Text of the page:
This is where we begin: at the open notebook, at the blank page. It’s morning again, and we are starting over, again. Even if we are in the middle of a longer work, even if we have characters who whisper to us in our dreams, still: every morning is a beginning again. Every morning we are afraid we might not be able to do it, or we are afraid that nothing will come. Every time we are confronted with that space of blankness that opens out behind our fingers, behind our eyes, behind the parts of our physical selves that do the writing, the places from which the writing emerges into and through us. I have written about this before, and I suspect I will return to it again, too.
This is where we begin: at the self that’s still healing, at the self that still aches for acceptance, at the parts of our own story still being written. What am I trying to say? I sit down at the notebook and want to make sense of a story that is still finding its way into words. This is a morning write. Deliver the words into the air of the page, deliver the words into the fear and the sadness anyway. Watch the sky shift from its nighttime blackness into shallow early morning shadow, and follow those shadows into the words you need to write.
This is where we begin: at the mourning places, with the voices in us that are still keening, with the small death songs that our hands have never been able to sing. We write them down. We write down what we could not mourn when we were younger: lost friendships, stolen dogs, missteps, old wantings, family that could have been but was not allowed to be.
This is where we begin: in the deep joy, in the play, in the silliness, in the wordwonder that struck us when we first began to move pencil across blue-lined pages. We begin again in that first delight in the fact we can shape out of only words a thing that didn’t exist before, an experience, an understanding, a conveyance from ourselves and into another (or more fully into ourselves). We begin in wonder, in longing, and with hope.
There is always a beginning. This is what I’m holding this week. I have been doing this workshop-facilitation work for ten years, this writing work for about twenty, and I still feel like a beginner. I want answers and clarity, and the one thing (possibly the only) I’m sure about is this: we have to begin again. We have to pick up the pen, again. We have to open the notebook to a blank page or the next empty line, take a deep breath, and begin to write. We have to step into the mystery that is this process, the alchemy of want and haunting, language and upbringing, creative mastery and deep curiosity, healing and play.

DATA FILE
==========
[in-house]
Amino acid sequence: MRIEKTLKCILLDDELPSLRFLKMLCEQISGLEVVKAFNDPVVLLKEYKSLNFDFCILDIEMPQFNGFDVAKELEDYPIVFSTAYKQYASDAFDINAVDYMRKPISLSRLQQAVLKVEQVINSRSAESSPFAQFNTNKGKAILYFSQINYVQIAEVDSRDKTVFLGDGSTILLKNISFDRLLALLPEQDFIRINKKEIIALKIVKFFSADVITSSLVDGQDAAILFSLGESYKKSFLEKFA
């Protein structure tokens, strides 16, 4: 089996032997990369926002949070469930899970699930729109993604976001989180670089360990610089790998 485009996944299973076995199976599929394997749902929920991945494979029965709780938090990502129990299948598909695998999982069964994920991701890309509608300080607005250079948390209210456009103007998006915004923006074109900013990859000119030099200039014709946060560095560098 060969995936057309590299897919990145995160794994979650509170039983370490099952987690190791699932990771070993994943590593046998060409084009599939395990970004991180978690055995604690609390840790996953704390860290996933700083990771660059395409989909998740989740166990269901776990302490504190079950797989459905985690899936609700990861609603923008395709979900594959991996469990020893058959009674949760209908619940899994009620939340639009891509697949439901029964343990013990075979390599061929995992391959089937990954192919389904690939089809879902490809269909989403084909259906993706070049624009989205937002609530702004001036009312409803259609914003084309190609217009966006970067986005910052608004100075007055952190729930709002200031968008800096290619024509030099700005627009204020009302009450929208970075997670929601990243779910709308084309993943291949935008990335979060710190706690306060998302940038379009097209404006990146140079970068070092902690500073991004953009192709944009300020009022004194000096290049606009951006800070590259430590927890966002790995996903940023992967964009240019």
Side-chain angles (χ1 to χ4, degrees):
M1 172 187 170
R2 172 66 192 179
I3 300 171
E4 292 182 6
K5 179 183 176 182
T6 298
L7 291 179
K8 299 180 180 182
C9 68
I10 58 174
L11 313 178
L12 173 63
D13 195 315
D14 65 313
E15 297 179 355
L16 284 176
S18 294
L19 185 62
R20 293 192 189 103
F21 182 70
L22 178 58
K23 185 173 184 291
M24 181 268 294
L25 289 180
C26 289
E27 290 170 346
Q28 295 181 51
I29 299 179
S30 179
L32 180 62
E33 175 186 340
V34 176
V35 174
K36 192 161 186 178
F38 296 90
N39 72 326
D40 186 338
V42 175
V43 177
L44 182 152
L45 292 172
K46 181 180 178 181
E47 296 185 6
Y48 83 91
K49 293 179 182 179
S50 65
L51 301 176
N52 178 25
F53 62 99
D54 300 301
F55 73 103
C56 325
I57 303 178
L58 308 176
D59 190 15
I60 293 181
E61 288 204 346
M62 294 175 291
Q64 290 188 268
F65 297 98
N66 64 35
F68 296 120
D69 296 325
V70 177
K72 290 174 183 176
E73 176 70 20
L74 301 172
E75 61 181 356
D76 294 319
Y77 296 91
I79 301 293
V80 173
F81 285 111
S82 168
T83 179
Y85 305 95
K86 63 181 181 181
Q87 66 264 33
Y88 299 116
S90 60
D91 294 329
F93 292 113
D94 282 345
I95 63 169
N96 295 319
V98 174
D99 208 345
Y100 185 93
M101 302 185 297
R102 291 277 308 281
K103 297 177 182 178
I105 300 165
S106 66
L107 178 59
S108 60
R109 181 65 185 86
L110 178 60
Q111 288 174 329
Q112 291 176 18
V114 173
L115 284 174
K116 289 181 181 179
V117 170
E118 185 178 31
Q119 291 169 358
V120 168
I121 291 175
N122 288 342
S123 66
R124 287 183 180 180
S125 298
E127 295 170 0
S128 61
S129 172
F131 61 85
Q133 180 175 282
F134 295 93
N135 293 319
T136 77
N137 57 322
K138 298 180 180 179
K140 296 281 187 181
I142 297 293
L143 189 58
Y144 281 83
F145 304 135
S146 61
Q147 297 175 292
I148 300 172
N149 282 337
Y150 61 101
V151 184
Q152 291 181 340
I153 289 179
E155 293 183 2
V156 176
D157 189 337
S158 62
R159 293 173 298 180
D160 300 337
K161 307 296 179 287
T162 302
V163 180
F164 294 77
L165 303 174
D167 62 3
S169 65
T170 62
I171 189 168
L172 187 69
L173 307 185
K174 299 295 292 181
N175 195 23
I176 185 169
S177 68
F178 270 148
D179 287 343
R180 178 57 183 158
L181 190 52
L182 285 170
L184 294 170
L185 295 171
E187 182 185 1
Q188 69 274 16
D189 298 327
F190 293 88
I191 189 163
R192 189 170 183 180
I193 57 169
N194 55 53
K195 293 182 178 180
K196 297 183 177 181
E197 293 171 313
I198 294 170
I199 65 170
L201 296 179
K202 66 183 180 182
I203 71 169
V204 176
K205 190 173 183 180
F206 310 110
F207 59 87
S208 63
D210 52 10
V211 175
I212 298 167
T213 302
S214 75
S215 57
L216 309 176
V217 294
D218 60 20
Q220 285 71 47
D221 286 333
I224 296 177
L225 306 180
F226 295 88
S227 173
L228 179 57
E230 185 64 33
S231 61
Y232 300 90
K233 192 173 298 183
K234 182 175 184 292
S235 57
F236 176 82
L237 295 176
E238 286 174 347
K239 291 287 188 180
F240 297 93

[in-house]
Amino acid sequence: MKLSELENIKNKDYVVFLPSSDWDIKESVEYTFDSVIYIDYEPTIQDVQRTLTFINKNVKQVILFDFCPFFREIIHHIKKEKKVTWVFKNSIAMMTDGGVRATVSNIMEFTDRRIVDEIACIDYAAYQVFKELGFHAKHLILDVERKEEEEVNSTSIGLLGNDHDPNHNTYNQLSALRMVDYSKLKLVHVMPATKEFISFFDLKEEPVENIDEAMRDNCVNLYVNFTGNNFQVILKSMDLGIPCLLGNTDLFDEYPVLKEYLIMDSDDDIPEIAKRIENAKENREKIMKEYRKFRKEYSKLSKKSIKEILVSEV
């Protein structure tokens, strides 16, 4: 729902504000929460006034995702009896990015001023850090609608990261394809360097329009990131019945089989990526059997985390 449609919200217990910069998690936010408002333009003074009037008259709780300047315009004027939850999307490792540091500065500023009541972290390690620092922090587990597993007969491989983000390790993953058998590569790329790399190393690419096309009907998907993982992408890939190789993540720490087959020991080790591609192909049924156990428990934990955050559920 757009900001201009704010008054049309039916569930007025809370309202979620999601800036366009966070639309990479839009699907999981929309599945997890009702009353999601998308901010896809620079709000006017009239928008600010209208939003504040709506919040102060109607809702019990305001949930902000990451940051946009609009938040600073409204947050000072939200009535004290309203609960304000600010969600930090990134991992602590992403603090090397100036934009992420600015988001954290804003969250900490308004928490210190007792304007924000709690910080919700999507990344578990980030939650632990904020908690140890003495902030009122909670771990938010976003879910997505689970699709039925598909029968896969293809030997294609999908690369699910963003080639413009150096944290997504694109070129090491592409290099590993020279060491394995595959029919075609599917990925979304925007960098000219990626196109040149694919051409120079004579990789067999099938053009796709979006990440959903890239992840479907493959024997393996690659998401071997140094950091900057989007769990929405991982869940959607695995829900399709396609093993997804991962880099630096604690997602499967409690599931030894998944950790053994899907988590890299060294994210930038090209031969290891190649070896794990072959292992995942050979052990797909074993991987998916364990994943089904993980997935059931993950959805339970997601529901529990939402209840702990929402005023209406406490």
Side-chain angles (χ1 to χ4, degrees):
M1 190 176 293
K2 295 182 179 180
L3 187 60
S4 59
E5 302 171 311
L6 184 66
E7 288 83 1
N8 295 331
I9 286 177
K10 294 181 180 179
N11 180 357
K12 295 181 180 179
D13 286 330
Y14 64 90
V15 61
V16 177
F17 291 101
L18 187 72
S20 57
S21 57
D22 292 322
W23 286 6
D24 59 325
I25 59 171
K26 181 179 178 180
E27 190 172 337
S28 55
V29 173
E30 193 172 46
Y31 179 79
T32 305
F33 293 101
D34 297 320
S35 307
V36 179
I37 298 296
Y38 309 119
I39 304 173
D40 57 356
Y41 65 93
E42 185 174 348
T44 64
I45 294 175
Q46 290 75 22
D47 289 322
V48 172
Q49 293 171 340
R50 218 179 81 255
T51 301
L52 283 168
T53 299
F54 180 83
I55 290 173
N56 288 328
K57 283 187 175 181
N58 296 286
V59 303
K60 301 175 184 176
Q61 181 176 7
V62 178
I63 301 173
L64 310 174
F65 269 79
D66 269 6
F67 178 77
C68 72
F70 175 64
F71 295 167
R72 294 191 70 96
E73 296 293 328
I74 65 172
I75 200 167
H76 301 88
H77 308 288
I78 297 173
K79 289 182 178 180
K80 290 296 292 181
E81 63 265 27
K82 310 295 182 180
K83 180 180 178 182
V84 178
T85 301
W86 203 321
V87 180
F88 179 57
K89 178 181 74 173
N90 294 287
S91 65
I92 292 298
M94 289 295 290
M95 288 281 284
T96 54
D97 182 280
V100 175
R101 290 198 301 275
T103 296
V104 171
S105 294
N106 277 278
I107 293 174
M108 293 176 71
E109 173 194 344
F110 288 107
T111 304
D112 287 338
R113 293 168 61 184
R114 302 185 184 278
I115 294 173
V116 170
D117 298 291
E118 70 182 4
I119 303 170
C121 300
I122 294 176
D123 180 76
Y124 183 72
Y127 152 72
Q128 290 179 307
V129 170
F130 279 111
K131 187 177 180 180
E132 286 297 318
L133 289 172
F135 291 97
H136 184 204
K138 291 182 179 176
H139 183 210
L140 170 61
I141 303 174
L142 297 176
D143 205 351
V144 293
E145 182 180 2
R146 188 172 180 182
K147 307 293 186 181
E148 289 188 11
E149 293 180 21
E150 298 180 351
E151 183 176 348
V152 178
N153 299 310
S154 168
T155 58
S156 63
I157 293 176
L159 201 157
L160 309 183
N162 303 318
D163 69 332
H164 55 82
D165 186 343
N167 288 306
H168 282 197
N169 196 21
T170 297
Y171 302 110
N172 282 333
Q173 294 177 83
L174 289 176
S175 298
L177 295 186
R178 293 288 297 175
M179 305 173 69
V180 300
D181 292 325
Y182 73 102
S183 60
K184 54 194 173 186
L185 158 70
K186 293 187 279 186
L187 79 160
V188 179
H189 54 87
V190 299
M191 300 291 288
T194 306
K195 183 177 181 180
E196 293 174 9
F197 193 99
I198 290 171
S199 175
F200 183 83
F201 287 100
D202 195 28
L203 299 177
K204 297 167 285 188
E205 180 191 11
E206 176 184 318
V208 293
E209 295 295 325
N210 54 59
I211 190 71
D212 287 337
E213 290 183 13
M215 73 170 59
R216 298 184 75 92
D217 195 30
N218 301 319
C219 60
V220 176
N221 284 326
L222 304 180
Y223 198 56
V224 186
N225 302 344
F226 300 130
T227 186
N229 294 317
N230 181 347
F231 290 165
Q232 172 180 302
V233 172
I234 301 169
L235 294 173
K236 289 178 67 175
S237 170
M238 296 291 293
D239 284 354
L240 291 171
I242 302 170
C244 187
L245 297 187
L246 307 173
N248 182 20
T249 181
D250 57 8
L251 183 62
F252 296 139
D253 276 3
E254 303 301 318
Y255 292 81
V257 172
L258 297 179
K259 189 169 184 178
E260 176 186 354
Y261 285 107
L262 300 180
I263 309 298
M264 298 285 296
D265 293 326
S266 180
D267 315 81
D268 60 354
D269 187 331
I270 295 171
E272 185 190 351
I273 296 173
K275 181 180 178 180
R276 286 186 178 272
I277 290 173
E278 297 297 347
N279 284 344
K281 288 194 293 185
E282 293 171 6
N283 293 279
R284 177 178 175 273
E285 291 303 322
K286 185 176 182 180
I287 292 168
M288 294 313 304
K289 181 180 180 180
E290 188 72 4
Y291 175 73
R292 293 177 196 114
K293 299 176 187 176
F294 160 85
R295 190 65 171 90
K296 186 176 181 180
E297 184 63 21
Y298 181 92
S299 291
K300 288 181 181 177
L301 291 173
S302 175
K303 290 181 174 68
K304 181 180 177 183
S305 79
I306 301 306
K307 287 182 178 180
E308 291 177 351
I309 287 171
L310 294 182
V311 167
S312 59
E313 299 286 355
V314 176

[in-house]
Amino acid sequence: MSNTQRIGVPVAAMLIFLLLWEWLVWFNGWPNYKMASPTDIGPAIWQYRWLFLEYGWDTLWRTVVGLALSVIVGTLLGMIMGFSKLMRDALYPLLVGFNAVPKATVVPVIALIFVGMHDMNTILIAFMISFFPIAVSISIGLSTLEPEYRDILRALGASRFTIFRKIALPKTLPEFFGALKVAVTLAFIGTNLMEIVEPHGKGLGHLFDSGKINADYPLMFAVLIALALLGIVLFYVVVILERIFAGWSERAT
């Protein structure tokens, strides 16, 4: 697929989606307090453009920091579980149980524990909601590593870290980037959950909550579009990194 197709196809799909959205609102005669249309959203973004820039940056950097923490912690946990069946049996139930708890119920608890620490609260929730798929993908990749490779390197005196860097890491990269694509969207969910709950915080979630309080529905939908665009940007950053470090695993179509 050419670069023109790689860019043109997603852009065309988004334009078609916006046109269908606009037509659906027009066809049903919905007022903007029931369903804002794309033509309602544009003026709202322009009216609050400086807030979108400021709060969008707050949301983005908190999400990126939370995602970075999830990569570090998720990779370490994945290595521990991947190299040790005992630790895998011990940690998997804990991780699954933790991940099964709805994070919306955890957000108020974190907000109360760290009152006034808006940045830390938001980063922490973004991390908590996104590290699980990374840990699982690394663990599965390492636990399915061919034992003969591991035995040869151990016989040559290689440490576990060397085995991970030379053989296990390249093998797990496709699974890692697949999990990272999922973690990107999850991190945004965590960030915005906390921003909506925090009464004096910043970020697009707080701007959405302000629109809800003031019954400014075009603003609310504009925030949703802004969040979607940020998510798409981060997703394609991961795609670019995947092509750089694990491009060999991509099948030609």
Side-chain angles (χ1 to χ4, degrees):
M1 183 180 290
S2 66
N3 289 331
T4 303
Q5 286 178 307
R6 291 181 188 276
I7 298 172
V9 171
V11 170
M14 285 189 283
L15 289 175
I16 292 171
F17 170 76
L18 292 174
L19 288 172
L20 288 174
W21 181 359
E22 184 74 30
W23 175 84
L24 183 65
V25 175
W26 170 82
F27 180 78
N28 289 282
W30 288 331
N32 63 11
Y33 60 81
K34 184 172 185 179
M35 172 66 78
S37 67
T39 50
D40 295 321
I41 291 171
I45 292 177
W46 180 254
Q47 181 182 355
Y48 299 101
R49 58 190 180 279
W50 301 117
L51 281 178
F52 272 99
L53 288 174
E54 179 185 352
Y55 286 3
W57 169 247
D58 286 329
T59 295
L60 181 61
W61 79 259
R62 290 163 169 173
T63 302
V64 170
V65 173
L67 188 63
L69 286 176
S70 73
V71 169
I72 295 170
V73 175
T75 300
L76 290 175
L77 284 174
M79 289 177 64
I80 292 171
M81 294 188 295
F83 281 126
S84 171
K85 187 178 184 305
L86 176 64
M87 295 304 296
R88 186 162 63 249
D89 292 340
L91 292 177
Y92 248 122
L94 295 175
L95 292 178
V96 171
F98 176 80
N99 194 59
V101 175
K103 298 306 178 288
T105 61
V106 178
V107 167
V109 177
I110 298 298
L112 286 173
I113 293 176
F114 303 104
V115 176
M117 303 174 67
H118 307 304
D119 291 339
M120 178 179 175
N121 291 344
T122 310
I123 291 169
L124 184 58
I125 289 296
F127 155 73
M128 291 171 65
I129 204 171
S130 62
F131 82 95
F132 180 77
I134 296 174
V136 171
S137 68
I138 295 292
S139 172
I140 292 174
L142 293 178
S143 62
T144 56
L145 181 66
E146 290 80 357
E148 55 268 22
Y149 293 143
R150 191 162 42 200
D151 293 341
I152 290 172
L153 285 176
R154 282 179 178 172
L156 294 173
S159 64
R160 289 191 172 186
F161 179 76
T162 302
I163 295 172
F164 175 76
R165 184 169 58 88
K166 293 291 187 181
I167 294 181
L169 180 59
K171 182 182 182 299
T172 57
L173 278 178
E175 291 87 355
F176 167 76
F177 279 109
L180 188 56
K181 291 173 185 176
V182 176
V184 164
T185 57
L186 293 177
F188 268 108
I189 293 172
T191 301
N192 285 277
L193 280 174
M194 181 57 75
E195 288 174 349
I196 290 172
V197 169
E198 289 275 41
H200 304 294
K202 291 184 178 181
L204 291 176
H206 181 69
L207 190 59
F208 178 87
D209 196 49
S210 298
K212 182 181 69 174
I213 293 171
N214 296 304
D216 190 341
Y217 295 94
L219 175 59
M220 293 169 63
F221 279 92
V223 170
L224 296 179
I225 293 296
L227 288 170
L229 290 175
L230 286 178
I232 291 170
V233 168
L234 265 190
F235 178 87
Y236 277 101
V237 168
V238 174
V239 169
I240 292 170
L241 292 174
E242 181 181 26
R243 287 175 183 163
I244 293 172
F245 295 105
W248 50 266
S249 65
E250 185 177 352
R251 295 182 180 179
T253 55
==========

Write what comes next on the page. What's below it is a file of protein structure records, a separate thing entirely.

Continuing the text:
I will spend a lifetime seeking the language for what it is that happens when we who have survived a traumatic experience sit ourselves down in a writing place and begin to let our words flow, openly, authentically, and without censorship — when we write whatever wants to be written, however it wants to be written. I don’t have the words yet, not just the right ones, and so I keep writing. I step in again, I remove my armor again, I meet the confusion and fear again, I let the words come, again. I trust that whatever words will come will be the right ones. I take deep breaths around the desire to control the flow: I wanted to write it this way, but the words are pulling me over here. Ok, then follow the words over there. There is a logical sense to this practice, this process, and its a logic born of the underground, the current and network of interconnected pathways and experience that shapes our entire lives. It’s a logic we can’t put our fingers on. It’s a logic we can’t see or explicate, a logic that tethers itself to a something beyond.
In trusting that the words will come, we are trusting ourselves, and we are trusting something other: whatever it is that delivers us the words. I don’t have a language for that other; let’s stay with mystery, or the well of creativity, or human resilience — regardless, whenever we sit down to write our stories or our poems or our journal entries or our fiction, we invite ourselves into or alongside that other. We knock on the door and we hope again that we will be admitted. Sitting down is the knocking. Lifting the pen is the knocking. Writing even though we don’t know what we’re going to say, or how we’re going to say it, is the knocking. This is how we gain admittance into that place of other, that deepness in ourselves: we begin again today.
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What is it in you that is longing, again, to find some space on the page? What would celebrate having ten minutes to play in the words with you today? Offer that time today: ten minutes, open notebook, pen, go. Begin with the phrase, “Begin again” or “We (She/He/They/You) can begin again.” If you get stuck, write it again. Begin again, again today.
Remember that the early-bird rates for the fall in-person writing groups ends this Saturday. Register this week to join us for Write Whole (open to all trauma survivors) or Reclaiming Our Erotic Story at the discounted rate.
Thank you for the ways you enter into the joy and play and unknown of this practice. Thank you for your writing today, and thank you for your words.